Grades: Victorinox A Wenger A

Side note - I tried to see if there was any difference in the performance of the can openers. Both models are forced to use the Victorinox design due to Swiss MilSpecs. There again was no discernable difference.
Grades: Victorinox A Wenger A

Also, I compared the large screwdrivers. The Victorinox was was the clear winner in screwdriving performance. The Vic's screwdriver is slightly thicker and more squared, lending itself to the better performance (less likely to slip or deform the screwheads.)
Grades: Victorinox A Wenger B

Summary - IMHO, and based on my rather unscientific tests, the Victorinox is clearly the better value and better overall performer. But then again, we're talking about a sub $20 pair of knives that I'm sure will give a lifetime of satisfactory performance to the average user. They both are great knives.

FYI, I will send back the Wenger to get the awl blade play problem corrected. Then, It'll be cleaned, sharpened, and put away as a gift for the first of my nephews to get a Totin' Chip card.
It's not the pace of life that concerns me, It's the sudden stop at the end.

[This message has been edited by sgtmike88 (edited 02-25-2001).]

[This message has been edited by sgtmike88 (edited 02-25-2001).]

[This message has been edited by sgtmike88 (edited 02-26-2001).]

[This message has been edited by sgtmike88 (edited 02-27-2001).]
Excellent idea! I will be glad to see the results.

Dennis Bible

Great review idea!
I have the V-nox Soldier but not the Wenger version. I love these types of threads because I love SAKs!

I've never performed specific tests with these. I have owned numerous examples of each brand and, intuitively, if nothing else, I feel that the Victorinox is the superior knife in all respects. The Vic. seems to hold an edge much better and, when a little dull, comes back to a fine edge with a few strokes on my EZlap.
I agree, the Vic's have an overall sturdier construction. I have owned SAK's from both makers and the Victorinox blades always come
a lot sharper than those of the Wengers. I think I'll stick with Victorinox.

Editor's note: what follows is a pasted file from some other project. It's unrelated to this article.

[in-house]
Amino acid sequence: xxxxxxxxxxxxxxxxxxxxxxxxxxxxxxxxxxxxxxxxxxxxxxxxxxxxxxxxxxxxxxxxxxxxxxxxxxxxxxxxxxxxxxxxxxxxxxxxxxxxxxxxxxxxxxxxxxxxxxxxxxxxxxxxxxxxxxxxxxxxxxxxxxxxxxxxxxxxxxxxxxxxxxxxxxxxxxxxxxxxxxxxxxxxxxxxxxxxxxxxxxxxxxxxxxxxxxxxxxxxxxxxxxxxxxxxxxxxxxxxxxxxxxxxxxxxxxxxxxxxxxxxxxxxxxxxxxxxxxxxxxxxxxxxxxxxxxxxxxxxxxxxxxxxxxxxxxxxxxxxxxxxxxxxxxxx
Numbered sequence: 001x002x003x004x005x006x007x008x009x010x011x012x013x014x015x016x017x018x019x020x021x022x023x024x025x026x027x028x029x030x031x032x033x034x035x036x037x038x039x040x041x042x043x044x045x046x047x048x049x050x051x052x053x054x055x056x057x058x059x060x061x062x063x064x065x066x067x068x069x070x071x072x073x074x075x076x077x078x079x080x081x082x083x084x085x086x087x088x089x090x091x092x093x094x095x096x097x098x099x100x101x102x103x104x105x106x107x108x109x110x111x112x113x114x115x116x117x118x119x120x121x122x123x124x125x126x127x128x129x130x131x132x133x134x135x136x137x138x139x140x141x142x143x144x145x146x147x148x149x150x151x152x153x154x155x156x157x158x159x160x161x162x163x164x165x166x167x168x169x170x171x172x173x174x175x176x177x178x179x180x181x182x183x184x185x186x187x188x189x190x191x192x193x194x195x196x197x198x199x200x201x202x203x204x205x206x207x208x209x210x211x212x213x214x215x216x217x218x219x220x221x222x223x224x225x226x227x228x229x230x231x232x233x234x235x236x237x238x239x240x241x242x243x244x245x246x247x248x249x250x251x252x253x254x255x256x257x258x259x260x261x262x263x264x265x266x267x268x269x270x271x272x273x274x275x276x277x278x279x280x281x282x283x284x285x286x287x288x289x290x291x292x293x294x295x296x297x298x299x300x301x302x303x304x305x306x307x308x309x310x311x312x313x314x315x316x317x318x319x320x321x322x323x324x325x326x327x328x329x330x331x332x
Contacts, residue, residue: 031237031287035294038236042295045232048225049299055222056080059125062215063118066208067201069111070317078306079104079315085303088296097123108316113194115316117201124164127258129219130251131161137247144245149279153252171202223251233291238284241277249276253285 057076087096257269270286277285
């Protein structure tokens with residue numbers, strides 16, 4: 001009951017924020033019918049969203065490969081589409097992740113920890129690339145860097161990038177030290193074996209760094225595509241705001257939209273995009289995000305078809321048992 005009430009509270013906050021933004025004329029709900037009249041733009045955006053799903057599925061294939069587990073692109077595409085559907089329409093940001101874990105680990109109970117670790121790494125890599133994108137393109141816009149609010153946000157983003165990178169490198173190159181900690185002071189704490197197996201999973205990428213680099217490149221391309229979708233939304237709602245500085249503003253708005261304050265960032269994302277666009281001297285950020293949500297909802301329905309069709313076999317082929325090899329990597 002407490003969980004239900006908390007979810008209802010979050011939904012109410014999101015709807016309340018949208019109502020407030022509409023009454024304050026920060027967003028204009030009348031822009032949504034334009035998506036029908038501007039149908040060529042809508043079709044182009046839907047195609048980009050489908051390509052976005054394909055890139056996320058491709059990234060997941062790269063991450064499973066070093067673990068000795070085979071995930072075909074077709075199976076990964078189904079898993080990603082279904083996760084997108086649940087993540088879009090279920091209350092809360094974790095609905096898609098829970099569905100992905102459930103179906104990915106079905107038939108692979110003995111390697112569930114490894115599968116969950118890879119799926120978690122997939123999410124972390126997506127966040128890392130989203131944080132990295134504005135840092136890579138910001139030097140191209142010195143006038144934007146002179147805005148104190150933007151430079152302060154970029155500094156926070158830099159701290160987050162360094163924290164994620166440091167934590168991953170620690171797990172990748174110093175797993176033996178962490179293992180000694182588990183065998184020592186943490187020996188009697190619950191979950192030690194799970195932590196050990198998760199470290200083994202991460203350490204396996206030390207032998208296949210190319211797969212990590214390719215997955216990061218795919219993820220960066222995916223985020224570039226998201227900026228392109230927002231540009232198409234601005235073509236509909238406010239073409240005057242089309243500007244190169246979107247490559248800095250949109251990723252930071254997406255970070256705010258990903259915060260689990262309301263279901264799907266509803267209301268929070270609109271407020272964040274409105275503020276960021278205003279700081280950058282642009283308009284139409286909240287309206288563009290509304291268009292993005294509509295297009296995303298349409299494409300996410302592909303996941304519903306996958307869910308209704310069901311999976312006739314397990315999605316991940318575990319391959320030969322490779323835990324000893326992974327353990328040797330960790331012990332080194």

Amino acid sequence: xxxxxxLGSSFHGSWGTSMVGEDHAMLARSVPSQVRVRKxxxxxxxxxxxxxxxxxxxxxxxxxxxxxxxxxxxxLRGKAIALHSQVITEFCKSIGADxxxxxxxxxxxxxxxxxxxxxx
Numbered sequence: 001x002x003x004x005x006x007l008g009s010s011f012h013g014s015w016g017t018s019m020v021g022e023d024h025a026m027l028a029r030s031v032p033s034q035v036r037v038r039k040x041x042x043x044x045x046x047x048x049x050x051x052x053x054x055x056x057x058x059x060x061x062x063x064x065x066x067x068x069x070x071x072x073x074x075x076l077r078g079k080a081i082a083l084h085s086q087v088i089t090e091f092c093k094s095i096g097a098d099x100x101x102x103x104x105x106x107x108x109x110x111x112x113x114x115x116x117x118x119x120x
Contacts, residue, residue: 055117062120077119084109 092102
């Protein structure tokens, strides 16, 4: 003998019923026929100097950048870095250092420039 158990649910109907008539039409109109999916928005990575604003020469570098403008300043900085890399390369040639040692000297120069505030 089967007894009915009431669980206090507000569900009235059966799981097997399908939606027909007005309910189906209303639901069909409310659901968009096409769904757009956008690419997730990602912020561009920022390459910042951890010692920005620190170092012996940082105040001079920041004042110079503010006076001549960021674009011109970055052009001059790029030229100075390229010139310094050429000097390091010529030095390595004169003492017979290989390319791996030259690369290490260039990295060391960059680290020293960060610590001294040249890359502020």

One thing that kind of surprises me, though.
Although I, too, find Victorinox knives to be superior, I would have thought that on the Standard issue soldier's model, Wenger would have made it equal to V-nox's, esp. as distribution (I would imagine) would run about 50-50 in the Swiss army, and comparisons could be easily made.

I find that V-nox knives have stronger springs which equal better snap and stability, slightly thicker and sharper blades, and nicer finish. Though I own from both makers, my V-nox's are what get carried.
I have owned several comparible models from both makers and have found the Victorinox models to be the best.
Without any bias, if you perform a test on a "mass produced" item, please use more than one of a kind. There will be individual differences.
Thankyou for the informative test, anyway.
Happy sharpening

Well Zutx2, If y'all want to send me several more samples, I'd be happy to test them. These were bought off the shelf and each manufacturer had the opportunity to provide, off that shelf, a "perfect" example of their product. Geez, get a grip.

It's not the pace of life that concerns me, It's the sudden stop at the end.
I had not drawn any generalizations from it, but the couple Wengers I've owned had weaker springs than my usual Victorinox. In addition the plastic grip cracked on one of them. I have found some of the Wenger tools nicely designed.
bttt ... man is my hand sore now.

It's not the pace of life that concerns me, It's the sudden stop at the end.
Mike, thanks for the excellent review! I now have a new reason to buy that Pioneer or Soldier that I just "need".


Thanks for the review! Your review agrees with my impression of these brands aquired over the years. I picked up a Spartan Victorinox model while Switzerland many years ago. It served me well until finally replaced by a knife capable of withstanding the abuse I now routinely inflicted on my knives.

I recently began looking at SAK's in general and happened to pickup up a Victorinox "Altimeter" model. It has all the typical Victorinox SAK features plus an Altimeter and Thermometer built into the translucent red scales. While I haven't found a really good use or need for the thermomenter, the Altimeter has proven very adept at predicting weather changes. The Altimeter is very sensitive which can be a plus or minus depending on your point of view and intended use
. To keep the altimeter 'calibrated', requires resetting it to known reference but, is easy enough to do.

Stay Sharp,
I went and picked up a Victorinox Soldier and was very pleased. This is the first metal frame SAK I've owned and I'm impressed so far. The blades do open with authority and feel quite solid. It was very sharp out of the box and will replace my everyday pocket carry blade, to be used for mundane tasks. Thanks again for the great review. Dave